of other informal consensus among experts or a literature search [8]). For each such event, experts judge the probability of
occurrence as a function of time and its expected impact, should the event occur, on the future trend.
3. Using Monte Carlo Simulation, the TIA algorithm combines the impact and event-probability judgments with results of the
base-case scenario to generate a randomly selected subset of possible future scenarios. Note that, the usual practice is to
generate a very large number of scenarios (e.g. one million).
Technological Forecasting & Social Change 76 (2009) 952962
Corresponding author.
E-mail addresses: n.agami@fci-cu.edu.eg (N. Agami), amir@alumni.caltech.edu (A. Atiya), Saleh@SalehSite.info (M. Saleh), shishiny@eg.ibm.com
(H. El-Shishiny).
0040-1625/$ see front matter 2009 Elsevier Inc. All rights reserved.
doi:10.1016/j.techfore.2008.12.004
Contents lists available at ScienceDirect
Technological Forecasting & Social Change
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The TIA algorithm was further enhanced by developing a mechanism to assess the impact of the occurrence of an
unprecedented future event given how severe the occurrence [9]. This was achieved by allowing the analyst to supply three levels
of impact/probability pairs; where each pair is associated with one of three degrees of severity; Low, Medium and High.
The basic steps of the Enhanced approach for TIA are as follows:
1. Randomly generate the Degree of Severity D (see Fig. 3 in [9]).
2. Accordingly (knowing the event and its degree), identify the corresponding event impact parameters: Maximum Impact,
Steady-State Impact, Time to Maximum Impact and Time to Steady-State Impact. This is done by indexing the associated
matrices.
3. Randomly generate the number of the month M in given year Y on which the event would occur.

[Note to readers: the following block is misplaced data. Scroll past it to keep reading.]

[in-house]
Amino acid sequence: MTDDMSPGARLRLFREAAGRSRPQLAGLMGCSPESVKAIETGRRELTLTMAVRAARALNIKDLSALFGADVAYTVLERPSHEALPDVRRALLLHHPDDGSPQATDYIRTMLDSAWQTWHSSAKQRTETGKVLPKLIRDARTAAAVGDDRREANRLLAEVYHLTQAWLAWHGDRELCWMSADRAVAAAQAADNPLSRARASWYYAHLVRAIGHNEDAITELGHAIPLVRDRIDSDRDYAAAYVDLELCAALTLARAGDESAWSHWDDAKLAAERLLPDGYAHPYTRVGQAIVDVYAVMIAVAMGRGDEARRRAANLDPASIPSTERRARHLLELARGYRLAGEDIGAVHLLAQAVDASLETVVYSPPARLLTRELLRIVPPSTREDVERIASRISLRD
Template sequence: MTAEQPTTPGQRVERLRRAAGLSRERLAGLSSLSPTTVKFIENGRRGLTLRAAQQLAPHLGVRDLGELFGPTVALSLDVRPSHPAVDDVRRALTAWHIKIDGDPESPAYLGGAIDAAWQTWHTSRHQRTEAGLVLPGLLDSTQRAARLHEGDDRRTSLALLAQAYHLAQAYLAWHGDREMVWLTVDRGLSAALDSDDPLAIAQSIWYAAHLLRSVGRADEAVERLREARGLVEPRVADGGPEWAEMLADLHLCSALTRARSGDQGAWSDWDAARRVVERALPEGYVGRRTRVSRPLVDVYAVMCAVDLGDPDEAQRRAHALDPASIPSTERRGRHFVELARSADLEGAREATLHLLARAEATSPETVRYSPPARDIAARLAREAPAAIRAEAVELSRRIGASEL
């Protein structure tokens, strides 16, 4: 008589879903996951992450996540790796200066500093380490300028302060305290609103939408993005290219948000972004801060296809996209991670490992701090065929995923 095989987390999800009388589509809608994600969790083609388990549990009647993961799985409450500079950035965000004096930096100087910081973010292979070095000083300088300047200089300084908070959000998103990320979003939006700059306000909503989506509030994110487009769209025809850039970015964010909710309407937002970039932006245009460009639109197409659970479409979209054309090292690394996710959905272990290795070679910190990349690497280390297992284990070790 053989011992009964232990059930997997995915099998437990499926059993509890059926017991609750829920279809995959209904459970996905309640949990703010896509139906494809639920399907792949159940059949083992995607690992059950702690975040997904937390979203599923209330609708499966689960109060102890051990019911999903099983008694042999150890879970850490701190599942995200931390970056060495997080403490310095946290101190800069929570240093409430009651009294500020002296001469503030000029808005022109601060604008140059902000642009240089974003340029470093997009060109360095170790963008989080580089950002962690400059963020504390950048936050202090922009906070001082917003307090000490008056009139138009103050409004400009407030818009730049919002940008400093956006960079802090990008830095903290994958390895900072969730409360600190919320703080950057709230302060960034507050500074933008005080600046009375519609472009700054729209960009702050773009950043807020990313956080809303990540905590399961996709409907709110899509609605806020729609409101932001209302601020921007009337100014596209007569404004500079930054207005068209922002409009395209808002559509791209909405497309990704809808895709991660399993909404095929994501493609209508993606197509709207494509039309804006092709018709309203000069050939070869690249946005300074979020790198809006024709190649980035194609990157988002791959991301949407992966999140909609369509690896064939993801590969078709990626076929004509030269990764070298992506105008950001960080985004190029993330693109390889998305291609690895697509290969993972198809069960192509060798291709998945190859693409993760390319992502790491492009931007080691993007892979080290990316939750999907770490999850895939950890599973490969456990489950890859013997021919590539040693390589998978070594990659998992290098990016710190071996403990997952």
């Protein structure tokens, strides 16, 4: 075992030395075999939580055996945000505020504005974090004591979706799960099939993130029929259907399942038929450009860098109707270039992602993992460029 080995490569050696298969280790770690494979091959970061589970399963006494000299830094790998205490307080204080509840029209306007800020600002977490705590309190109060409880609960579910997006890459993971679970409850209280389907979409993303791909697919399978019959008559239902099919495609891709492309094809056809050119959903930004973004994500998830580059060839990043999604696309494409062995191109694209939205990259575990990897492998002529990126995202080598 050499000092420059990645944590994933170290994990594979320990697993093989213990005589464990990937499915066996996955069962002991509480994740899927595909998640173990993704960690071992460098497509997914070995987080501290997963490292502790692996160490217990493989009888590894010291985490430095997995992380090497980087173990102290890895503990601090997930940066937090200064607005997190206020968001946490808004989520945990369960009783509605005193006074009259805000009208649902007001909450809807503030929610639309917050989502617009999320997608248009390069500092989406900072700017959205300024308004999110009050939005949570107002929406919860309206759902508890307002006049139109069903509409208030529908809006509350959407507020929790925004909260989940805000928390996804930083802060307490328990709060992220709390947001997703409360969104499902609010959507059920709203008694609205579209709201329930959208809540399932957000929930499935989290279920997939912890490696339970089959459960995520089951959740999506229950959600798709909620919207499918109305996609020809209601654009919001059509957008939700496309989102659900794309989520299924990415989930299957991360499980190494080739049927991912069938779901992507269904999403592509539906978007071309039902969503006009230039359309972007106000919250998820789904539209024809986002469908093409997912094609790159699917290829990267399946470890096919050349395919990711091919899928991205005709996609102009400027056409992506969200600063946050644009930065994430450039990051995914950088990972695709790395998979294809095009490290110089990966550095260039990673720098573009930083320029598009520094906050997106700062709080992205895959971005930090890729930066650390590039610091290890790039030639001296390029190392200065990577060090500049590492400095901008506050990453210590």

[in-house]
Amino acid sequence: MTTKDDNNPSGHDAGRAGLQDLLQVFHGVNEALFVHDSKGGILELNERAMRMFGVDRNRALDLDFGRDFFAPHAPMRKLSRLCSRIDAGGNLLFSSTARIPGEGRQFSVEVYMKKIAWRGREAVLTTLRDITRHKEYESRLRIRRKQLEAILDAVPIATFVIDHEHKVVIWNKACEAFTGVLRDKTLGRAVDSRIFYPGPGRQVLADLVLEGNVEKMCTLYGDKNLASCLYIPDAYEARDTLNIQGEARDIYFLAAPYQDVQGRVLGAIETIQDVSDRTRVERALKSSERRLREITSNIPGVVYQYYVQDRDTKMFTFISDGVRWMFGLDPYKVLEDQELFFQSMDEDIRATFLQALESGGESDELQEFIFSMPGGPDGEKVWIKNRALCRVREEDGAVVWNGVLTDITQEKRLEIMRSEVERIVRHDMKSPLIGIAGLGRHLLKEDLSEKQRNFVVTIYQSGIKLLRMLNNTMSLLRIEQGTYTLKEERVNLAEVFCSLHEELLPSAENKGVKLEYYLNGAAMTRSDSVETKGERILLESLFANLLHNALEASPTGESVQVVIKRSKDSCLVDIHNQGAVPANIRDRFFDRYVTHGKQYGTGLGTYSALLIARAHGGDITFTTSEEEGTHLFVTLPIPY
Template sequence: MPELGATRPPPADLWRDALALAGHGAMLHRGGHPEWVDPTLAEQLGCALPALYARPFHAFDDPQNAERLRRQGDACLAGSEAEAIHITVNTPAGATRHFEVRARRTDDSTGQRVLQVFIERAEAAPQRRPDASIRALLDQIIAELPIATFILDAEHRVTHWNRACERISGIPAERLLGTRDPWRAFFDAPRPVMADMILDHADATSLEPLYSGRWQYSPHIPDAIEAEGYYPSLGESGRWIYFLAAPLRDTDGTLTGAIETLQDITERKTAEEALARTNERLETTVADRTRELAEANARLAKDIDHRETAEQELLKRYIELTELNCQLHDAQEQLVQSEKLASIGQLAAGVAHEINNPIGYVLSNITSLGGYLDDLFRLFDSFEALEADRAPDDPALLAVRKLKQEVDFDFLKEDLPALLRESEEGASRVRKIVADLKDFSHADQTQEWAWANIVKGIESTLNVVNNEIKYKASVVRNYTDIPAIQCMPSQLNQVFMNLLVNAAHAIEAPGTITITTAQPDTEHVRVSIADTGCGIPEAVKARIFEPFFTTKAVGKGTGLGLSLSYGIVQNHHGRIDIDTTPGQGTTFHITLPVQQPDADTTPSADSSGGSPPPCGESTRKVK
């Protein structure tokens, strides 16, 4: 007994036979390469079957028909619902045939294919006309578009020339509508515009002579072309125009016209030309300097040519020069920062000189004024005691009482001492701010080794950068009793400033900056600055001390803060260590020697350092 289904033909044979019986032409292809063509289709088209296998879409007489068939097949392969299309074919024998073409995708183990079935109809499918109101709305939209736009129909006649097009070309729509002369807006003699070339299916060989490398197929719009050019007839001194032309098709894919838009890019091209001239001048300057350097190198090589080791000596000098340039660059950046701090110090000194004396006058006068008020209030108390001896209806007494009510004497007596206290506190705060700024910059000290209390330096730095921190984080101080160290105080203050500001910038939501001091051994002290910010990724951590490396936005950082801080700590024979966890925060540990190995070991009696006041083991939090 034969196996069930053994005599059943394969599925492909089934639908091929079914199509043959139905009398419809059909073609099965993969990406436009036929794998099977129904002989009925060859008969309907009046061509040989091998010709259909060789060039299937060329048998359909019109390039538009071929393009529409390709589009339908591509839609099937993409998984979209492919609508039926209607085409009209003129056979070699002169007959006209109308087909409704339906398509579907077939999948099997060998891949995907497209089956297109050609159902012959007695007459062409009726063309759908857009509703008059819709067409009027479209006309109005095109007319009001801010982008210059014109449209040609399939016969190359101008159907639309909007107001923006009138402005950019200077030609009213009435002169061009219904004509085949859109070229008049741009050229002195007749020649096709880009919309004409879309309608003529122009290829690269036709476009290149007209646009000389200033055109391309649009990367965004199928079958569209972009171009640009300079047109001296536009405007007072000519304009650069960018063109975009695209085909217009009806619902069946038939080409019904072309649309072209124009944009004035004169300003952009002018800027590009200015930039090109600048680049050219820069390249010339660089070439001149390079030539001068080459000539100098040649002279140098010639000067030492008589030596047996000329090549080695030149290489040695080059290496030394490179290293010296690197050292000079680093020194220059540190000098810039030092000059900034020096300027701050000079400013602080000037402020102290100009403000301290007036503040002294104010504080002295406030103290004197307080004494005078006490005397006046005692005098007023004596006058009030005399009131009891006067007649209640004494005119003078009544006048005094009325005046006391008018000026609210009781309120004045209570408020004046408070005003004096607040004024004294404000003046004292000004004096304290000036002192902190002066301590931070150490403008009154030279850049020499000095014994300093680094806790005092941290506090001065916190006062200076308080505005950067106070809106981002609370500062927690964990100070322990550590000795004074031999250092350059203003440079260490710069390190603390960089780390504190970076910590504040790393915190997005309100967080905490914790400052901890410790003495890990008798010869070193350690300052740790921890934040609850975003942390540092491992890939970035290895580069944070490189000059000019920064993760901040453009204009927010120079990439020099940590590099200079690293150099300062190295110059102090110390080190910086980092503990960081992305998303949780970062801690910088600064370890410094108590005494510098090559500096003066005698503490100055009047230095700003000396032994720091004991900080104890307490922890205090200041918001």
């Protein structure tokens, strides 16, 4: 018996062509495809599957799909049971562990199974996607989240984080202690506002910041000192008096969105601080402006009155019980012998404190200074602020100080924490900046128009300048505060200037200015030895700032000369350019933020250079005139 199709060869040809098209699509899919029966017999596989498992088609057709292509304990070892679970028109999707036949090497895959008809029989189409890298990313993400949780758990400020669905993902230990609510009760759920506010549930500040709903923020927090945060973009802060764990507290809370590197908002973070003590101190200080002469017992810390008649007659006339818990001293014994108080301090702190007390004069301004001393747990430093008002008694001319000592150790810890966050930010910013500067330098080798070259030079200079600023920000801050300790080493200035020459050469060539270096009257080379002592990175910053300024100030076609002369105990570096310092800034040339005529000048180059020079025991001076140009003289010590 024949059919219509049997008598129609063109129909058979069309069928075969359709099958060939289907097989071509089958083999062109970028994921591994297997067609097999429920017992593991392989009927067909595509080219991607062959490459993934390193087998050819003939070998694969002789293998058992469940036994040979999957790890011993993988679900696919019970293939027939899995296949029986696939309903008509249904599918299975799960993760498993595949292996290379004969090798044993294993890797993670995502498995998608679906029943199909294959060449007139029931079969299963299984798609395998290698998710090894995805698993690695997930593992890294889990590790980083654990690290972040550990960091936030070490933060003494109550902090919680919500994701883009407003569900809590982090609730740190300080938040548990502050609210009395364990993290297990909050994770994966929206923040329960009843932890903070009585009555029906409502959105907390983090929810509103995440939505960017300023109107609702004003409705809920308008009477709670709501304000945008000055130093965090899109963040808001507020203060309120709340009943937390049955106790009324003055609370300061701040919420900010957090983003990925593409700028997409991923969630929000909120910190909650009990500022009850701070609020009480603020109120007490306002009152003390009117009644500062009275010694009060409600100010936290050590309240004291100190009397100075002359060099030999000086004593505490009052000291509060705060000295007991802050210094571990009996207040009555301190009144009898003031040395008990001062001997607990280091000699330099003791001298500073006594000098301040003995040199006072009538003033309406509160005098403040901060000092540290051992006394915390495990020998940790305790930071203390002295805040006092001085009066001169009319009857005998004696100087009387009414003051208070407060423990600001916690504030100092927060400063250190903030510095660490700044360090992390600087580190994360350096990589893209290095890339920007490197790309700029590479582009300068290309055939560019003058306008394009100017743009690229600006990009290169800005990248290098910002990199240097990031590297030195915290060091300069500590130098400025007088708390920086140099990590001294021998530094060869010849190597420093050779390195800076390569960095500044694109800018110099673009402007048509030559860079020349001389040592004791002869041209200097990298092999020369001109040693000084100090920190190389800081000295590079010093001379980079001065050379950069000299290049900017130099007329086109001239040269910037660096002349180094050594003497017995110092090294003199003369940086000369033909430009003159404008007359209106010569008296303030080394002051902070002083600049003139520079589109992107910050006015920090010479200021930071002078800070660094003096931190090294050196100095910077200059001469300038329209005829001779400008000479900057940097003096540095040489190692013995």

4. Compute the Fractional Change Vector using the estimated event impact parameters (see Figs. 4, 5 and 6 in [9]).
5. Update the current scenario (column) S of the Scenarios Matrix accordingly.
While in the literature there was emphasis on studying and analyzing the future events aspect of TIA, there was a little attention
paid to the surprise-free forecast aspect. In this paper we focus on this particular issue. We develop a dynamic forecasting mechanism
using a neural network model to enhance the prediction process of the current TIA instead of the static mechanism already applied.
Fig. 1. Proposed dynamic forecasting mechanism based on feedback process. Forecasts one year (for all scenarios); Forecasts modied based on events'
occurrences in a given year (for all scenarios); New time-series (for all scenarios)=The modied forecast +Old time-series.
Fig. 3. A simple MLP with two hidden layers.
Fig. 2. Neuron model.
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The rest of this paper is organized as follows: In Section 2, we explain the research objective. In Section 3, we give an overview
on Neural Networks. Then in Section 4, we explain in details our proposed algorithm including the inputs, output and the
algorithm itself. Finally in Section 5, we give a numerical example and in Section 6 we conclude.
2. Research objective